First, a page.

The Score
Starring Robert De Niro, Edward Norton, Angela Bassett and Marlon Brando. Directed by Frank Oz. Rated R.
Rated 3.0 The Score is a heist film, and for some of us that may be all that needs to be said. It’s a well-established but infrequently revisited genre that has a number of sure-fire ingredients: technological gimmicks, an elaborately-planned caper, a tough-minded love story (which just happens to be interracial as well), screw-ups and double-crosses, and just enough character twists to keep the suspense and the stakes on the rise.

No matter that it pivots on a shopworn cliché—the veteran criminal pulling one last job and then going legit. No matter that Marlon Brando looks like a parody of himself, simpering heftily in sub-Rod Steiger fashion. No matter that Edward Norton seems better when he’s doing his Rainman take-off than when he’s playing his supposedly true character.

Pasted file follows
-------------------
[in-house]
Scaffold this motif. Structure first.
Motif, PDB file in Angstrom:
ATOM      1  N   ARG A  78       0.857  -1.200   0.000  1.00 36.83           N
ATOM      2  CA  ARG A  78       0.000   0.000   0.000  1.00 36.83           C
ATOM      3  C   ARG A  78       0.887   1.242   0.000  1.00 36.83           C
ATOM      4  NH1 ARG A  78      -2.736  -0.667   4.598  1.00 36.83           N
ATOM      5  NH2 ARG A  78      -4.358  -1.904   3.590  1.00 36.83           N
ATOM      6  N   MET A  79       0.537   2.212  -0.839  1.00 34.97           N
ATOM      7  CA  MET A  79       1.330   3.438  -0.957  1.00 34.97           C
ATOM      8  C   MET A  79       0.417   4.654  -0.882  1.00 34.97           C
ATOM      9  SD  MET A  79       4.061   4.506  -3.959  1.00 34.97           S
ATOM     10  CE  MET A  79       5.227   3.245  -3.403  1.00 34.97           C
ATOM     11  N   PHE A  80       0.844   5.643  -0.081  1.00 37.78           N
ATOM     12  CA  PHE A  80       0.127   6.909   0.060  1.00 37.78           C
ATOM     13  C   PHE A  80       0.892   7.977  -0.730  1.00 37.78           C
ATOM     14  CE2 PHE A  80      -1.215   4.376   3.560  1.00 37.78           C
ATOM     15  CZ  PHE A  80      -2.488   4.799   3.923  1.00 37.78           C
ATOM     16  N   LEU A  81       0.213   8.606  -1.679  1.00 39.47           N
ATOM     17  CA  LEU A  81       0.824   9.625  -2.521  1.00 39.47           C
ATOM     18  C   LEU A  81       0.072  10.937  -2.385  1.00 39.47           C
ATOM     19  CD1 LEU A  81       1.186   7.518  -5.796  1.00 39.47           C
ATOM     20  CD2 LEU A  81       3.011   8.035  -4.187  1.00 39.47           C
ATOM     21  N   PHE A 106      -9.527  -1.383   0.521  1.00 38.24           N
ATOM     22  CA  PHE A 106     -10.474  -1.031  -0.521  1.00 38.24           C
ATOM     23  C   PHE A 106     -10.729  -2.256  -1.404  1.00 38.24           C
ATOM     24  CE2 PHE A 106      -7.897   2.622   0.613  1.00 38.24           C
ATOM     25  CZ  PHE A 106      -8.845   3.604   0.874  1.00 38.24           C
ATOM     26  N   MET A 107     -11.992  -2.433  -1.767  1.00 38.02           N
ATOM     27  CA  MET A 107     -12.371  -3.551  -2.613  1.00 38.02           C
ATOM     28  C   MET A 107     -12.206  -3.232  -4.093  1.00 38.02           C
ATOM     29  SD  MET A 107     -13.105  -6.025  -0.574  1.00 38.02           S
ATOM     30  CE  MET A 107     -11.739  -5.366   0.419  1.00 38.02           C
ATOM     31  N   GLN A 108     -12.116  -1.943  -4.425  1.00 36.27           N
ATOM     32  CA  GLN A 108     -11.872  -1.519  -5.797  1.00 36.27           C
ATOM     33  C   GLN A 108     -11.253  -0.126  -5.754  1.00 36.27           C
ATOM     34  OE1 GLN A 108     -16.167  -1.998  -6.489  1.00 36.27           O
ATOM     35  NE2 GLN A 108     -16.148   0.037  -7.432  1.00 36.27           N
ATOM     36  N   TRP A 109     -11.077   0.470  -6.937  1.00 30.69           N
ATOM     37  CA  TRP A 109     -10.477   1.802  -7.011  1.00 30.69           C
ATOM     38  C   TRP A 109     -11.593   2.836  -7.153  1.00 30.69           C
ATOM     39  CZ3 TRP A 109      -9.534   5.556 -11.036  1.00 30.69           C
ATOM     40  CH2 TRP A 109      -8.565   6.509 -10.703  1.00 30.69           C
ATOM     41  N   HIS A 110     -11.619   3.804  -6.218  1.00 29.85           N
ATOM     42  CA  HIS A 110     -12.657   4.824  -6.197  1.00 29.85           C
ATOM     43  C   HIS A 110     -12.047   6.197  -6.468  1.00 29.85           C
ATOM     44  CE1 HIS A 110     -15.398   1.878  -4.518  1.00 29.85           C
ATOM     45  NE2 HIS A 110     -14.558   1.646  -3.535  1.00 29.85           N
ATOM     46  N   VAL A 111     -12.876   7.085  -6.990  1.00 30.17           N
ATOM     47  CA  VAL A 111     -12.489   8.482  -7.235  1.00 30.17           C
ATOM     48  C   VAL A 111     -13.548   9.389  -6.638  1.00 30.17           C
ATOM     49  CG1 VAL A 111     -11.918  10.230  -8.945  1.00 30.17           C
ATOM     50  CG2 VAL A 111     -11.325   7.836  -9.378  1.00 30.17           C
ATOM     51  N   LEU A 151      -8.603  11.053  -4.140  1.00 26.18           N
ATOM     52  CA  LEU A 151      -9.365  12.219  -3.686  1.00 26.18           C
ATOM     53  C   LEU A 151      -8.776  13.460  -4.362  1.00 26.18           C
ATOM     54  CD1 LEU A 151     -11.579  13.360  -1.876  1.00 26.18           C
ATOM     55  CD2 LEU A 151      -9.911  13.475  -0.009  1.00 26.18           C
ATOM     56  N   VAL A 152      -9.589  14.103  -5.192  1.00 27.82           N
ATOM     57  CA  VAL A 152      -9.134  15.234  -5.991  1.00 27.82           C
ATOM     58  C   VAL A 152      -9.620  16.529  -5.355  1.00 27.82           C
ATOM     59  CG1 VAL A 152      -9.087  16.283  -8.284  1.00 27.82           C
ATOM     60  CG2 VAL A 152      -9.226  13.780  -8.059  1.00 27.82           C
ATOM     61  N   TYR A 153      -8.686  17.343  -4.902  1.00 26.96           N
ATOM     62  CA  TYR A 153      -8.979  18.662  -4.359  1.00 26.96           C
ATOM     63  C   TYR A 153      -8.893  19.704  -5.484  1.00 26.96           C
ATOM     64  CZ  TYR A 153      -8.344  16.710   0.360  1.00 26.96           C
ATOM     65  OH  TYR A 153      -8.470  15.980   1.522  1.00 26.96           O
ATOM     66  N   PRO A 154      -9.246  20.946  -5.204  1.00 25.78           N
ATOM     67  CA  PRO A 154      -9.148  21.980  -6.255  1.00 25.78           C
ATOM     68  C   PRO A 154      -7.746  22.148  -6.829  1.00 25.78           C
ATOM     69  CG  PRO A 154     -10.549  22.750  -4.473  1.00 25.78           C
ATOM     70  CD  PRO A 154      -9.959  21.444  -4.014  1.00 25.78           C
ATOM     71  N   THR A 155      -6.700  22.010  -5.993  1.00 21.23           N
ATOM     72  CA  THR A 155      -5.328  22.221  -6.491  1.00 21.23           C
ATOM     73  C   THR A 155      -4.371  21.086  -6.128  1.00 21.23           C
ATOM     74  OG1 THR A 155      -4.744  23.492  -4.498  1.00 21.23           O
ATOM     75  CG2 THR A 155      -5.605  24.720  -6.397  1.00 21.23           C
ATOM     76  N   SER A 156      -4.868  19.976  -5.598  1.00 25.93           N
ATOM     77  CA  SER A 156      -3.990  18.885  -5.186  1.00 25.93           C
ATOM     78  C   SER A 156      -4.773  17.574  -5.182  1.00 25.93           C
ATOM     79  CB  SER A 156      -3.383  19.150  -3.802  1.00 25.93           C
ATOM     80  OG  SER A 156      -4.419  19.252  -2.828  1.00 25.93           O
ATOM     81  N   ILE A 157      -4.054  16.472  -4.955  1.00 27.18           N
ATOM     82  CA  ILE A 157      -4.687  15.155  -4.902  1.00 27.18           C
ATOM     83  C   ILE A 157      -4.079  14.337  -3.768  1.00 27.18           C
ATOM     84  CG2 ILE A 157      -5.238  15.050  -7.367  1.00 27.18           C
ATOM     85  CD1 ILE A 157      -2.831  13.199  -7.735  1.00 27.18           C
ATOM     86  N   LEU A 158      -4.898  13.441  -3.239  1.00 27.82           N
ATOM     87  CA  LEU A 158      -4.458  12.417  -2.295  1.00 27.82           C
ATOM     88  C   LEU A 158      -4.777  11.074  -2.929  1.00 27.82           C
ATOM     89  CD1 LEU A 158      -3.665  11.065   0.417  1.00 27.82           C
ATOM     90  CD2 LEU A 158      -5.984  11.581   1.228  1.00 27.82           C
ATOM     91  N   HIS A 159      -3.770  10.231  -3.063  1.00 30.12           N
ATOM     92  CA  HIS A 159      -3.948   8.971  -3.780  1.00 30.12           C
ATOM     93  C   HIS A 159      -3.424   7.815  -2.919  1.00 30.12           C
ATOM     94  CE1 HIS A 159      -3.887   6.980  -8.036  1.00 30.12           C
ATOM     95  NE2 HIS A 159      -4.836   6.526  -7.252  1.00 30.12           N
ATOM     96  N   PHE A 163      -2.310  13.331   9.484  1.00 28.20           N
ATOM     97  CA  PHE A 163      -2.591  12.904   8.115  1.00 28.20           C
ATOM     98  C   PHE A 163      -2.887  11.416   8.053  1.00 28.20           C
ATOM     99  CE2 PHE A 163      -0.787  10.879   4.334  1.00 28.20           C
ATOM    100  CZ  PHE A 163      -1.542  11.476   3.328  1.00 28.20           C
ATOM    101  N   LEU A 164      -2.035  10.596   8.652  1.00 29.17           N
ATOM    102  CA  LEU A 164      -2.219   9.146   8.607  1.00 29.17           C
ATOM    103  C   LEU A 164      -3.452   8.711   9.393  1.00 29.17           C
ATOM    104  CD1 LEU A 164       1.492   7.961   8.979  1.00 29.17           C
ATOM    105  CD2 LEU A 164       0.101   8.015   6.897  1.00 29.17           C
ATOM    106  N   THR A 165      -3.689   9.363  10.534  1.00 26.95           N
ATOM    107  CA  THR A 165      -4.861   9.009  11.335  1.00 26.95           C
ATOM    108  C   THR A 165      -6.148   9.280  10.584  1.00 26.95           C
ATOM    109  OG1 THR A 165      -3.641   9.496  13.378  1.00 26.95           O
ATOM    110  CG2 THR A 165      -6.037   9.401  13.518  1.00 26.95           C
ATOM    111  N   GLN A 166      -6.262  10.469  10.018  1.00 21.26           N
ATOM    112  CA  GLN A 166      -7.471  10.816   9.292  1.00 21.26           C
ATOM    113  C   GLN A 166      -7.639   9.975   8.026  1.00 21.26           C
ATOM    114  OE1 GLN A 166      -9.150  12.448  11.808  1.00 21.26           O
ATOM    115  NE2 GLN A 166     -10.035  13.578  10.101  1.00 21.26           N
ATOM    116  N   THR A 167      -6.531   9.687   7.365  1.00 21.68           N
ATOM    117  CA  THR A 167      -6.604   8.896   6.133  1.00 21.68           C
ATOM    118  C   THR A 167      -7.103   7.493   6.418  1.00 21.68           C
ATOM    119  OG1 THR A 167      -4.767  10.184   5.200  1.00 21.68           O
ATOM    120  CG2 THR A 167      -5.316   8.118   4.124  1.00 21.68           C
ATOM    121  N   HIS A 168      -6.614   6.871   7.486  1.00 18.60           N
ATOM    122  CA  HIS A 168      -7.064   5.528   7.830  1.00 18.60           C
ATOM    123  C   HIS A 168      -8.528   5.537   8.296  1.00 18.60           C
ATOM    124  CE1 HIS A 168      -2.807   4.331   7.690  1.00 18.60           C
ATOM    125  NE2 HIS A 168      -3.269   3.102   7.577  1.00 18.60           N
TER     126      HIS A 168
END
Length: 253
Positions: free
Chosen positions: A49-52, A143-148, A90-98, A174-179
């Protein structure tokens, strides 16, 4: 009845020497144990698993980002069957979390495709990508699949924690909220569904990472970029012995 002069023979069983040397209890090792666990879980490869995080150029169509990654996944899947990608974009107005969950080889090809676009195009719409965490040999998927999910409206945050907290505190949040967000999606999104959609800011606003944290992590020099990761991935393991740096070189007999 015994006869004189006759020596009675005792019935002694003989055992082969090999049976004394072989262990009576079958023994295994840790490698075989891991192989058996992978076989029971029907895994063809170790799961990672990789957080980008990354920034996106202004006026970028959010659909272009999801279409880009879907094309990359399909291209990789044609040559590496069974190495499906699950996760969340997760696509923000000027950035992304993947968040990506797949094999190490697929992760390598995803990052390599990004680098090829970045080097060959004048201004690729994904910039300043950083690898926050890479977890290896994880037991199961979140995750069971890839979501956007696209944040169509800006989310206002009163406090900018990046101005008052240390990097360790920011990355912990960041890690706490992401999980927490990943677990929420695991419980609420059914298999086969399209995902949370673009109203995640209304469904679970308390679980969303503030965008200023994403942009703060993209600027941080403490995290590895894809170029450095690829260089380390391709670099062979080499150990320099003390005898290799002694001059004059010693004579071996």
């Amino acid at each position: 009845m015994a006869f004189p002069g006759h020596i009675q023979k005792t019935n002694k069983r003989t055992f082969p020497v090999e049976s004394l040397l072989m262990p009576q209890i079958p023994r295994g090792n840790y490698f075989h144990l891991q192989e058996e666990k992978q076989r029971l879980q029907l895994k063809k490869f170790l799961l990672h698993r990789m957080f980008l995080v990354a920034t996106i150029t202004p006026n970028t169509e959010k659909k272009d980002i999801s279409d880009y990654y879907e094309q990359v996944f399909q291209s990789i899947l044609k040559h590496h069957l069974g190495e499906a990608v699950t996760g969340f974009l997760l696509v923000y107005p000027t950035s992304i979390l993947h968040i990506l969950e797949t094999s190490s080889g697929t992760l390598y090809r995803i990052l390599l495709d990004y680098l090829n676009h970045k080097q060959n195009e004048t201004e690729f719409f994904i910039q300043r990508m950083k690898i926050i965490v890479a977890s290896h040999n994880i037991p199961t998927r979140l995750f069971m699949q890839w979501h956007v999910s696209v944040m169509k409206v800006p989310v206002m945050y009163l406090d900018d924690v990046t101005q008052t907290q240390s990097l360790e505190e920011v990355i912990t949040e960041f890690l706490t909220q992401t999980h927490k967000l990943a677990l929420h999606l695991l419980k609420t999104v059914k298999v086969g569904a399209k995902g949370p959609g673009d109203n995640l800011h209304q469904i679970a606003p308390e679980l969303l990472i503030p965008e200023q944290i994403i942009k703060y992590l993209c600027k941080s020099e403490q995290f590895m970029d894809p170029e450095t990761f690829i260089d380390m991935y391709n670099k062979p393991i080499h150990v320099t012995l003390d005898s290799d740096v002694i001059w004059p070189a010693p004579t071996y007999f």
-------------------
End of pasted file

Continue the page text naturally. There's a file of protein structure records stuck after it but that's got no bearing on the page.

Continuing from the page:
Actually, Norton is pretty good overall, and Robert De Niro is rock-solid in the key role, a Montreal club-owner who moonlights as a high-tech, big-bucks safecracker. The Quebec setting is part of the movie’s charm, and director Frank Oz makes the most of the story’s blend of high-tech caper, urban noir, and honor-among-thieves drama. It’s a crisply efficient thriller with occasional moments of stunning brilliance.

Along the way, The Score gets in some satire on computer geeks and hackers and makes a quiet case for life in the city of Montreal. Angela Bassett gets maximum impact out of her brief moments in the film, and Gary Farmer lends amusing tough-guy support.

Music great Mose Allison makes a brief appearance as a lounge singer at the De Niro character’s bar.